Doctor insights on:
Umbilical Cord Prolapse Symptoms
In umbilical cord prolapse, the cord slips ahead of the presenting part of the fetus and protrudes into the cervical canal or vagina, or beyond. It constitutes an obstetrical emergency because the prolapsed cord is vulnerable to compression, umbilical vein occlusion, and umbilical artery vasospasm, which can compromise fetal ...Read more
Emergent care: If possible, the effect of the prolapse is reduced, which can require a hand be pushed up the birth canal to prevent the head from pressing against the placenta. I have known this to happen inside an ambulance heading to the hospital. An emergency C-section delivers the baby from above. Failure to keep the head off the placenta stops blood flow and suffocates baby. ...Read more
Umbilical prolapse: In umbilical cord prolapse, the cord slips ahead of the presenting part of the fetus and protrudes into the cervical canal or vagina, or beyond. It constitutes an obstetrical emergency because the prolapsed cord is vulnerable to compression, umbilical vein occlusion, and umbilical artery vasospasm, which can compromise fetal oxygenation prior to birth. ...Read more
C- section delivery: When recognized, one member of the staff will be positioned beneath the patient with a hand pushing up on the head of the baby to keep it from compressing the cord. The rest of the team readies the patient for an emergency c-section. ...Read more
Umbilical cord prolapse caused a 30 second lack of oxygen to the baby during delivery. Will the baby be okay?
Only 30 ???: I am reluctant to accept the initial statement as realistic. Once a cord begins to prolapse it can produce an intermittent but complete obstruction to blood flow that may add up to a significant o2 deficit over time.I'm not sure anyone can estimate the insult accurately.If only 30, probably no long term effect. If low 1/5/10 min apgars and seizures in the 1st 24hr,it was longer and more problemat ...Read more
Pregnancy ended at 5 mths w/preterm delivery. Pprom & cord prolapse a cause. Testing ovulation via strips for 5 mths, but no "smiley". This normal?
28wks pregnant. Found out at ob appt today baby is footling breech.Ob wants to monitor cervix fortnightly.Is this dangerous?Scared of cord prolapse?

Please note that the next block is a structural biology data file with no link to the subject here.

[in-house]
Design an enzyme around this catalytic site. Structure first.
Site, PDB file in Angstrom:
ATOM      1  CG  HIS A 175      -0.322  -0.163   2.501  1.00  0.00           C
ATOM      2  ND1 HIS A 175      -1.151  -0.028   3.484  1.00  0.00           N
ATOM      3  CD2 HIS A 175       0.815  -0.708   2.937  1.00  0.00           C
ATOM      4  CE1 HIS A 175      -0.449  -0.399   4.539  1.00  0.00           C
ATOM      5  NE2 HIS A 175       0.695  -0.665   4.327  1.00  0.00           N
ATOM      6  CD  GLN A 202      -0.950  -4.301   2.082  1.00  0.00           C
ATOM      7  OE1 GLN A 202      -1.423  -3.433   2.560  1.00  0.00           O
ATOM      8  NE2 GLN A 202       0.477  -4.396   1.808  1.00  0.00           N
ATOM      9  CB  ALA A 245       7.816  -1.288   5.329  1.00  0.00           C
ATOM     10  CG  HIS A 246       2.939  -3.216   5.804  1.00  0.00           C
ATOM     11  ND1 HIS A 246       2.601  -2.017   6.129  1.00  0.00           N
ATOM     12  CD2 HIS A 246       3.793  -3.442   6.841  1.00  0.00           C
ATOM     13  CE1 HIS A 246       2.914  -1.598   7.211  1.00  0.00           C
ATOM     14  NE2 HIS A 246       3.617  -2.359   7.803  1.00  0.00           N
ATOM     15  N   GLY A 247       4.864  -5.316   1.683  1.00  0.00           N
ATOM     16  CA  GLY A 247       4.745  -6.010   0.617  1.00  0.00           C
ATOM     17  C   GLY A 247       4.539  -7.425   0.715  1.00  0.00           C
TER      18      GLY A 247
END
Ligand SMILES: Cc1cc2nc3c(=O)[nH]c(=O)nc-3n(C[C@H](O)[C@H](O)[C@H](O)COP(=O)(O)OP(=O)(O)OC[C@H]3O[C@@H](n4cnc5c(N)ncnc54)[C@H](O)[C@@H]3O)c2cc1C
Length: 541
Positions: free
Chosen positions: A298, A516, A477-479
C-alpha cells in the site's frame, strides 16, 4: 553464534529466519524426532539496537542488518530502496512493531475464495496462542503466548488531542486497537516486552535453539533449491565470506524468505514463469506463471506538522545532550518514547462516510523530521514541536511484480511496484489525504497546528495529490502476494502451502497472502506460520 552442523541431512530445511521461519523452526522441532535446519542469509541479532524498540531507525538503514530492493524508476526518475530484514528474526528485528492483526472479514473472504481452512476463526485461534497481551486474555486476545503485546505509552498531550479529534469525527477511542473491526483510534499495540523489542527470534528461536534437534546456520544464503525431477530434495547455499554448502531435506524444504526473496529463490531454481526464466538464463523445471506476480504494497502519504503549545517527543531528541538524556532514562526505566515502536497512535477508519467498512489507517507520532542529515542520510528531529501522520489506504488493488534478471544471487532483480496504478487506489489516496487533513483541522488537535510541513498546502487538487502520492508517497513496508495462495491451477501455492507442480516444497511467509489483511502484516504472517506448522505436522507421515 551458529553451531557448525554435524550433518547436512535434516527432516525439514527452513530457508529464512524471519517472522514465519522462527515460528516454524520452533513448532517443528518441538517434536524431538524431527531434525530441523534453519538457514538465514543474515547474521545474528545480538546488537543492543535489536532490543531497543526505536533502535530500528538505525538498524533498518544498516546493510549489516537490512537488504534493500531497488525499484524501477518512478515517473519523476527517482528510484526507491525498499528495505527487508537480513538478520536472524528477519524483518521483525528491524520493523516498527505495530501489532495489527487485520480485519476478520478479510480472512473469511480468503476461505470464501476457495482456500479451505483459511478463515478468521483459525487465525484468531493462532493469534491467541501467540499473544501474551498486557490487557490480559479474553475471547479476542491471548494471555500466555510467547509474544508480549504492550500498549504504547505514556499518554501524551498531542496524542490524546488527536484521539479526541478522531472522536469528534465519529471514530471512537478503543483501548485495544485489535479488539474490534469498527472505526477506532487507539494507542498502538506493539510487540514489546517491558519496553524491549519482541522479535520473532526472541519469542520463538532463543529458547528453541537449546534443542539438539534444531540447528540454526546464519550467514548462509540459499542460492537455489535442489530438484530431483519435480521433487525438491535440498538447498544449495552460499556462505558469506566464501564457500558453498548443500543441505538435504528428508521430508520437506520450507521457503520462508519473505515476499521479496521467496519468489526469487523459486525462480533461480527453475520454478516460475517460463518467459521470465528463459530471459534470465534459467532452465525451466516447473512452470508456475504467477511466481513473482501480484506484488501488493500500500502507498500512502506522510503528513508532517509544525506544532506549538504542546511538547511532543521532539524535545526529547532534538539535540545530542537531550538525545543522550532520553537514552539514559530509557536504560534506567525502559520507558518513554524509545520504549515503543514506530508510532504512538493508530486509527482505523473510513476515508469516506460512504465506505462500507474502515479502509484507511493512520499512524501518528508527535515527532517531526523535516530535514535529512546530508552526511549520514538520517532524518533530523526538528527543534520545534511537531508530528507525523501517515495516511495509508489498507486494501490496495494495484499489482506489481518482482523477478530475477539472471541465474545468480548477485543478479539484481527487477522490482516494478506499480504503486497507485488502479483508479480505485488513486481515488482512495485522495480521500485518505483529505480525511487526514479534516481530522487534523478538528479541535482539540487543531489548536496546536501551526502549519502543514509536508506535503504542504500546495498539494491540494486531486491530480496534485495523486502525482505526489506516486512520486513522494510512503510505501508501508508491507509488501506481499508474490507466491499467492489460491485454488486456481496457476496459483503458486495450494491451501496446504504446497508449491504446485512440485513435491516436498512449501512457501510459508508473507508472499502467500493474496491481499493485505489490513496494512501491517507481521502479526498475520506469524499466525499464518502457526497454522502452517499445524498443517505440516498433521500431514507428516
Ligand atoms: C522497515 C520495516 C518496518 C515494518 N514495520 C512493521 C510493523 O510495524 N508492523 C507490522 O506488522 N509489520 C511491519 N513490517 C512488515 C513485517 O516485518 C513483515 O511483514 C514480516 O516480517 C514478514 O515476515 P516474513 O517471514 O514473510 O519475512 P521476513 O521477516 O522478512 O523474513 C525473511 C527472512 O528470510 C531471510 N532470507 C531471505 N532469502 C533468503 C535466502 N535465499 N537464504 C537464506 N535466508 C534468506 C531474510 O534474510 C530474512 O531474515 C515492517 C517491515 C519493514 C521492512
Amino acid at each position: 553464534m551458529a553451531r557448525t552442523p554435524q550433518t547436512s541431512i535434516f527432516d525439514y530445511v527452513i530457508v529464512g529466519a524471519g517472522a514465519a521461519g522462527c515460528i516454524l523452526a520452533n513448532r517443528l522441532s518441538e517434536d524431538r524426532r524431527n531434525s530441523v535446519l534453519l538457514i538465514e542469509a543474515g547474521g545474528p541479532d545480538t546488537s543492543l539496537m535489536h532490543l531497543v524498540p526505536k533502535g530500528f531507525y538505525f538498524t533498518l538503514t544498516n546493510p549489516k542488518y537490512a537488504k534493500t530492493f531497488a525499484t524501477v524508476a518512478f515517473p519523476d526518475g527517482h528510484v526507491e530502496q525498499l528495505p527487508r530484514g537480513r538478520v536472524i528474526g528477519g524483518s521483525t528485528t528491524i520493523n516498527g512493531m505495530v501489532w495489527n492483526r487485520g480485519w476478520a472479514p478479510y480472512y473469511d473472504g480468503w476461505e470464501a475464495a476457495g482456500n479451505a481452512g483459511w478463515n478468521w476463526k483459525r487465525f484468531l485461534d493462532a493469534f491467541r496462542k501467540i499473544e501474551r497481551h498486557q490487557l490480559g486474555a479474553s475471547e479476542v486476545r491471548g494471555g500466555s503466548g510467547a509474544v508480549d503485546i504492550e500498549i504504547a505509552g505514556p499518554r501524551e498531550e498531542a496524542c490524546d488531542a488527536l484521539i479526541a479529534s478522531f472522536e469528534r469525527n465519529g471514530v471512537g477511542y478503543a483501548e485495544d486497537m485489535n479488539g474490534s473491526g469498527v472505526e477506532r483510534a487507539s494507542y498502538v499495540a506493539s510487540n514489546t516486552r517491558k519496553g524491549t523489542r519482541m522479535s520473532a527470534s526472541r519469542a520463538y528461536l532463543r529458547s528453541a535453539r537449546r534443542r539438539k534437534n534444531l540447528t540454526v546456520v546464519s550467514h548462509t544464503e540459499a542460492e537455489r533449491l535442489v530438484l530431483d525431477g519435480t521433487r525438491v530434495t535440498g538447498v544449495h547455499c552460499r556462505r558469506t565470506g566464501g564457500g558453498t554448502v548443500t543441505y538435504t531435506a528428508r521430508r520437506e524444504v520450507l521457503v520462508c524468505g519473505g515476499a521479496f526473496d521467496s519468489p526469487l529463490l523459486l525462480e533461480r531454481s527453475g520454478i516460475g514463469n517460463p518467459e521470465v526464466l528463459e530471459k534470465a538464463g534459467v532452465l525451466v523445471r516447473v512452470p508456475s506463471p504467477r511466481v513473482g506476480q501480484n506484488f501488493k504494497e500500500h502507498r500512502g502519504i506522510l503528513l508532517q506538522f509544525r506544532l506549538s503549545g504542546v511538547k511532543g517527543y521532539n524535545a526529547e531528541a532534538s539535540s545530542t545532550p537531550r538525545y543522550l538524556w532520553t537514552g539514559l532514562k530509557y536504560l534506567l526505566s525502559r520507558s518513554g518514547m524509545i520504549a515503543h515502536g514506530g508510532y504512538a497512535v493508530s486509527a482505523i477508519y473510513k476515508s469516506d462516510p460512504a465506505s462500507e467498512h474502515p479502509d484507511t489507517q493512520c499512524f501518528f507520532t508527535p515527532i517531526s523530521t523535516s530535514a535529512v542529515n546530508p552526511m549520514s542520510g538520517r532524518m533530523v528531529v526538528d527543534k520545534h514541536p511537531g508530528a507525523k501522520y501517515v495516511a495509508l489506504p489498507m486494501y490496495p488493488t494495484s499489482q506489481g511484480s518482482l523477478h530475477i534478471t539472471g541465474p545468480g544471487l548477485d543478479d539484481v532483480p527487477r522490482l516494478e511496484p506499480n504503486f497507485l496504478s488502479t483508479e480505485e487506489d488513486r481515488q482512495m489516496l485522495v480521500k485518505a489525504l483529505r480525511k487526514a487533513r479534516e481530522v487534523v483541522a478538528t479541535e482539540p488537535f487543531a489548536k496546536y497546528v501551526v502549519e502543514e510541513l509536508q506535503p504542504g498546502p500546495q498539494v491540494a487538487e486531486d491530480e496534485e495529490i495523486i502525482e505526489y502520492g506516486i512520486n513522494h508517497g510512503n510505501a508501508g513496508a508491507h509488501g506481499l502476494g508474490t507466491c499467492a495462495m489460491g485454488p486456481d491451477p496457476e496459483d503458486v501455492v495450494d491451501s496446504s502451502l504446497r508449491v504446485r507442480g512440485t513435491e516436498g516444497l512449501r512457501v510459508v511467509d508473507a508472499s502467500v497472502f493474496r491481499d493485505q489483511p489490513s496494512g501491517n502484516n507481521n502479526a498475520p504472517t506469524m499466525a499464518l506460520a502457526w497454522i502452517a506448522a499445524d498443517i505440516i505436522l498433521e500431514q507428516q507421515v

OK to monitor: Though I wouldn't be so concerned about your cervix unless it were open or if there were concern about preterm labor, it is reasonable to regularly see your obstetrician for prenatal care. Ultrasounds to evaluate your baby's position and switch from breech to cephalic are important and just b/c it's breech now doesn't mean it'll be breech later. See your doctor ASAP if you have pain/discharge. ...Read more
I shot a ball into a high basket. I have no symptoms. Im just worried about the umbilical cord being around my baby's neck. Do u think im fine?
Don't fret.: I don't think throwing a basketball will create a nuchal cord. ...Read more
My son is 2 weeks old and his umbilical cord is half way off but his wound still looks fresh.I s this ok or should I call his doctor?
Totally normal: As the cord pulls away, it can be moist looking for a few days and even bleed a little bit - all normal. It will dry up within a few days. Notify doctor if pus drains from site or if redness around the actual belly button area, or if it smells really bad. If it's not drying up in a few days, may have a little bit left over called a granuloma - then doc might need to dry it up a bit. ...Read moreSee 2 more doctor answers
Not significant: Cords vary in length, needing only to be long enough to connect baby to the placenta and assure transfer of nutrients.The longest I've seen was about 7 feet, but baby had it wrapped 5 times around the neck before her c/s delivery at term. (normal baby) the average is about 2-3 feet.I see no reason to worry about it. ...Read moreSee 2 more doctor answers
PictureWorth1000Wrds: Belly button pain is usually due to a hernia or an infection at the umbilicus. Is the pinch worse w/exercise or exertion? Can you see or feel a little lump at or next to the belly button? Does it look more like an "out-y"? Is there any renders or drainage? Best bet-make an appointment to see a primary care doctor for definitive diagnosis. Good luck! ...Read moreSee 1 more doctor answer
Is it possible for an adult to have remnants of umbilical cord? And if so, how can it be removed?
Yes: The "final" part of the delivery is a very special event for both partners...In almost all cases of a routine delivery, every physician at my hospital allows -- even pushes for -- the partner to cut the umbilical cord. The only exception, unfortunately, is a c-section, which, of course, is a real surgery. Adding extra people (like partners) into the mix increases the risk of infection. ...Read moreSee 2 more doctor answers
Clamp it first...: ...To prevent the baby bleeding out.Get a more detailed answer ›
Some people do: Once the cord stump dries up and falls off, it's harmless and some people do keep it for a memento. What to keep in a baby box or album is a very personal decision, and also varies with culture. But dried cord stump poses no risk of carrying infections or anything bad. Also, the dried cord stump has no potential future medical use (banking cord blood is totally different process). ...Read more
Blood cell disorders: It is the blood obtained from the cord, not the cord itself, that is being used to treat disease. Early, primitive cells, called stem cells, are used to treat many disorders of the blood, including aplastic and other anemias, leukemias, certain immunologic diseases, and even some metabolic disorders. Ongoing research includes non-blood diseases, such as stroke, diabetes, and even heart attacks. ...Read more
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